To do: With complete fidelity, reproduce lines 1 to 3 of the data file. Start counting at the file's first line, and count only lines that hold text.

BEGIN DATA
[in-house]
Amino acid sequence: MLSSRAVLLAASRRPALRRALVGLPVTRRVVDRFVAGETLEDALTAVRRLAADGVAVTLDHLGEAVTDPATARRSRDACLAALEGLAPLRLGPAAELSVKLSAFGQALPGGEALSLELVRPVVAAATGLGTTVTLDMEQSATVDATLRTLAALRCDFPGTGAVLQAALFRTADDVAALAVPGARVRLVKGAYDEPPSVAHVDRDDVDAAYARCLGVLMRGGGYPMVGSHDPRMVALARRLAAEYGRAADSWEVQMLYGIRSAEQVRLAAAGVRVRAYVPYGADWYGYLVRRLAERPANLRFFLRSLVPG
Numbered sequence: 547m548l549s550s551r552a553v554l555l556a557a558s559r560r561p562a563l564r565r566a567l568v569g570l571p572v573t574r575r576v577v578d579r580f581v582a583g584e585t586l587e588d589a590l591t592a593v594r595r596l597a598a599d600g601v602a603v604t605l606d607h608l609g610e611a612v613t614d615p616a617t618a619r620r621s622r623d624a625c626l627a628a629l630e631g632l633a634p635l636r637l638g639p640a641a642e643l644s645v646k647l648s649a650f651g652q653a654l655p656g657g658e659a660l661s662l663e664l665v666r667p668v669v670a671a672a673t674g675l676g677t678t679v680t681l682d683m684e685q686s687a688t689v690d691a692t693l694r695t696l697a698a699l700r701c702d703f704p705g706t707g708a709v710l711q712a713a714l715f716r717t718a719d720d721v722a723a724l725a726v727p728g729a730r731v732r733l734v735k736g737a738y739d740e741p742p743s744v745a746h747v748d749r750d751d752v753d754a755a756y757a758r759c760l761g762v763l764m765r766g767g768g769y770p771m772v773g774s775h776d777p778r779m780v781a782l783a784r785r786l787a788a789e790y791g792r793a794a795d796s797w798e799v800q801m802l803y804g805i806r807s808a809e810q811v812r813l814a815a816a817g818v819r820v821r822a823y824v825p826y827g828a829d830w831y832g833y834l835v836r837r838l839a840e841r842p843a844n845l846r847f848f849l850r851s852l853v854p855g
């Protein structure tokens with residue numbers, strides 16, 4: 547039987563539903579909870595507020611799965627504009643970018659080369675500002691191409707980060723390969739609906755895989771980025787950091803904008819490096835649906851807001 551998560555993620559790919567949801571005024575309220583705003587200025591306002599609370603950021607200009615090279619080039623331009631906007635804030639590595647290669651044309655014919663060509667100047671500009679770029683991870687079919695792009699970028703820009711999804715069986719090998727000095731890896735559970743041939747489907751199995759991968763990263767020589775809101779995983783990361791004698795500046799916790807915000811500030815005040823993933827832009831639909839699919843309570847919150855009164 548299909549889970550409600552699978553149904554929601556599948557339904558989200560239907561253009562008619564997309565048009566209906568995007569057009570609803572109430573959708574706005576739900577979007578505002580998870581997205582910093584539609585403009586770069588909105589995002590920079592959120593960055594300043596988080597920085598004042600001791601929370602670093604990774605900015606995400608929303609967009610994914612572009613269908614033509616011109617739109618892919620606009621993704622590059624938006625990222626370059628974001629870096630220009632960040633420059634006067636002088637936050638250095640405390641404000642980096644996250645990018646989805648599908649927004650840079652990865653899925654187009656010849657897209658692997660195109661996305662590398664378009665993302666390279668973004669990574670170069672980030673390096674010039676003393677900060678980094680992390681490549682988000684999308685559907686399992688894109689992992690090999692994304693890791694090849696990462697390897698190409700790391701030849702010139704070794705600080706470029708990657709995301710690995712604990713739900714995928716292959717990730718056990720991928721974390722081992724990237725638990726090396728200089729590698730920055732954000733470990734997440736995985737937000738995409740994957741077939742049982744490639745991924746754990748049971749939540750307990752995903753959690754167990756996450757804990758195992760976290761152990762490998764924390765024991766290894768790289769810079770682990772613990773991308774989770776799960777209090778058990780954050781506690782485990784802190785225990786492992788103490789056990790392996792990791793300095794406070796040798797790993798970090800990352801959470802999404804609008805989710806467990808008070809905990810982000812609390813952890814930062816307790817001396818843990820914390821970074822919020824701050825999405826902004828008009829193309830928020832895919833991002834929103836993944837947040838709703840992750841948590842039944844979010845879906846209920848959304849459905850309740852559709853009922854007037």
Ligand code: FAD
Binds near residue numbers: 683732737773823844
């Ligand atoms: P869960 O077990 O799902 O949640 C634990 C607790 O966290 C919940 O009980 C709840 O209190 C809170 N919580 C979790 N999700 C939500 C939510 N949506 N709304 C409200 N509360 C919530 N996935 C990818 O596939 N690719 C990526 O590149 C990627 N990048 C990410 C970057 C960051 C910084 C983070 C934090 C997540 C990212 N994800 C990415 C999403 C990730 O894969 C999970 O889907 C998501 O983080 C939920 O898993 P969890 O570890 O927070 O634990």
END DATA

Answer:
[in-house]
Amino acid sequence: MLSSRAVLLAASRRPALRRALVGLPVTRRVVDRFVAGETLEDALTAVRRLAADGVAVTLDHLGEAVTDPATARRSRDACLAALEGLAPLRLGPAAELSVKLSAFGQALPGGEALSLELVRPVVAAATGLGTTVTLDMEQSATVDATLRTLAALRCDFPGTGAVLQAALFRTADDVAALAVPGARVRLVKGAYDEPPSVAHVDRDDVDAAYARCLGVLMRGGGYPMVGSHDPRMVALARRLAAEYGRAADSWEVQMLYGIRSAEQVRLAAAGVRVRAYVPYGADWYGYLVRRLAERPANLRFFLRSLVPG
Numbered sequence: 547m548l549s550s551r552a553v554l555l556a557a558s559r560r561p562a563l564r565r566a567l568v569g570l571p572v573t574r575r576v577v578d579r580f581v582a583g584e585t586l587e588d589a590l591t592a593v594r595r596l597a598a599d600g601v602a603v604t605l606d607h608l609g610e611a612v613t614d615p616a617t618a619r620r621s622r623d624a625c626l627a628a629l630e631g632l633a634p635l636r637l638g639p640a641a642e643l644s645v646k647l648s649a650f651g652q653a654l655p656g657g658e659a660l661s662l663e664l665v666r667p668v669v670a671a672a673t674g675l676g677t678t679v680t681l682d683m684e685q686s687a688t689v690d691a692t693l694r695t696l697a698a699l700r701c702d703f704p705g706t707g708a709v710l711q712a713a714l715f716r717t718a719d720d721v722a723a724l725a726v727p728g729a730r731v732r733l734v735k736g737a738y739d740e741p742p743s744v745a746h747v748d749r750d751d752v753d754a755a756y757a758r759c760l761g762v763l764m765r766g767g768g769y770p771m772v773g774s775h776d777p778r779m780v781a782l783a784r785r786l787a788a789e790y791g792r793a794a795d796s797w798e799v800q801m802l803y804g805i806r807s808a809e810q811v812r813l814a815a816a817g818v819r820v821r822a823y824v825p826y827g828a829d830w831y832g833y834l835v836r837r838l839a840e841r842p843a844n845l846r847f848f849l850r851s852l853v854p855g